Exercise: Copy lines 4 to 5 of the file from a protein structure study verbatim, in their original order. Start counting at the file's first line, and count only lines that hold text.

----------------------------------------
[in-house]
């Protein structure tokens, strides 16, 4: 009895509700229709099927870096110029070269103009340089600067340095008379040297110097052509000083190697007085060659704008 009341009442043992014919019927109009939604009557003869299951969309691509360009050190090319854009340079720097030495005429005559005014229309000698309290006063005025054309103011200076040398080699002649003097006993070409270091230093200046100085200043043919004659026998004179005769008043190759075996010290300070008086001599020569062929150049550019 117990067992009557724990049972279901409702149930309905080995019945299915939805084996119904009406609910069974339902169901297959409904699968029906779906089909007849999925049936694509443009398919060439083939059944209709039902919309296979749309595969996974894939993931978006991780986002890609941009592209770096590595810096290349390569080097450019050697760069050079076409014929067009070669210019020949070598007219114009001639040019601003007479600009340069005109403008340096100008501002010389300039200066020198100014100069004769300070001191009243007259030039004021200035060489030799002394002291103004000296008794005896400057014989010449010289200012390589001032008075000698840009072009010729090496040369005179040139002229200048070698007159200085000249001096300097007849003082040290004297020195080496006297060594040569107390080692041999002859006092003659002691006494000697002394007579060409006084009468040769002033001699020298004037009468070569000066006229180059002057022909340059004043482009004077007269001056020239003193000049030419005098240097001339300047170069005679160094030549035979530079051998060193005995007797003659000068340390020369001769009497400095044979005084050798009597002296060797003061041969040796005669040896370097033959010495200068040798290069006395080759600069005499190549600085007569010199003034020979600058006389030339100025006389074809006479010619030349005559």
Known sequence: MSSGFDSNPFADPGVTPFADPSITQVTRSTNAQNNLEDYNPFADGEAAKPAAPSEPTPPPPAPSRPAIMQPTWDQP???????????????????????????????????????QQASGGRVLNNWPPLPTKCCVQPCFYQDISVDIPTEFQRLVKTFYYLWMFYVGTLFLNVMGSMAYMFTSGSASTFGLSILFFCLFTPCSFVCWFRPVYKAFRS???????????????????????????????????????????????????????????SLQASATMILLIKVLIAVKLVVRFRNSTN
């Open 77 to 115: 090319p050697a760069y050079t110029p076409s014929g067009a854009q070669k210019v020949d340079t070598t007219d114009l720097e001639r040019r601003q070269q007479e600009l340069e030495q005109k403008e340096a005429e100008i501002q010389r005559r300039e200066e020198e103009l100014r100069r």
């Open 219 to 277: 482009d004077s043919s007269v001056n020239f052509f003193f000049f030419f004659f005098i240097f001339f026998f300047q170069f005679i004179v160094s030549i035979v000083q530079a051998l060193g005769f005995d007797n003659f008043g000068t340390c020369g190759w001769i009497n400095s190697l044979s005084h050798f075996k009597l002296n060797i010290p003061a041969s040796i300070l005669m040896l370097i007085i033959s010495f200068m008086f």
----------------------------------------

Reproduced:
């Open 77 to 115: 090319p050697a760069y050079t110029p076409s014929g067009a854009q070669k210019v020949d340079t070598t007219d114009l720097e001639r040019r601003q070269q007479e600009l340069e030495q005109k403008e340096a005429e100008i501002q010389r005559r300039e200066e020198e103009l100014r100069r």
């Open 219 to 277: 482009d004077s043919s007269v001056n020239f052509f003193f000049f030419f004659f005098i240097f001339f026998f300047q170069f005679i004179v160094s030549i035979v000083q530079a051998l060193g005769f005995d007797n003659f008043g000068t340390c020369g190759w001769i009497n400095s190697l044979s005084h050798f075996k009597l002296n060797i010290p003061a041969s040796i300070l005669m040896l370097i007085i033959s010495f200068m008086f």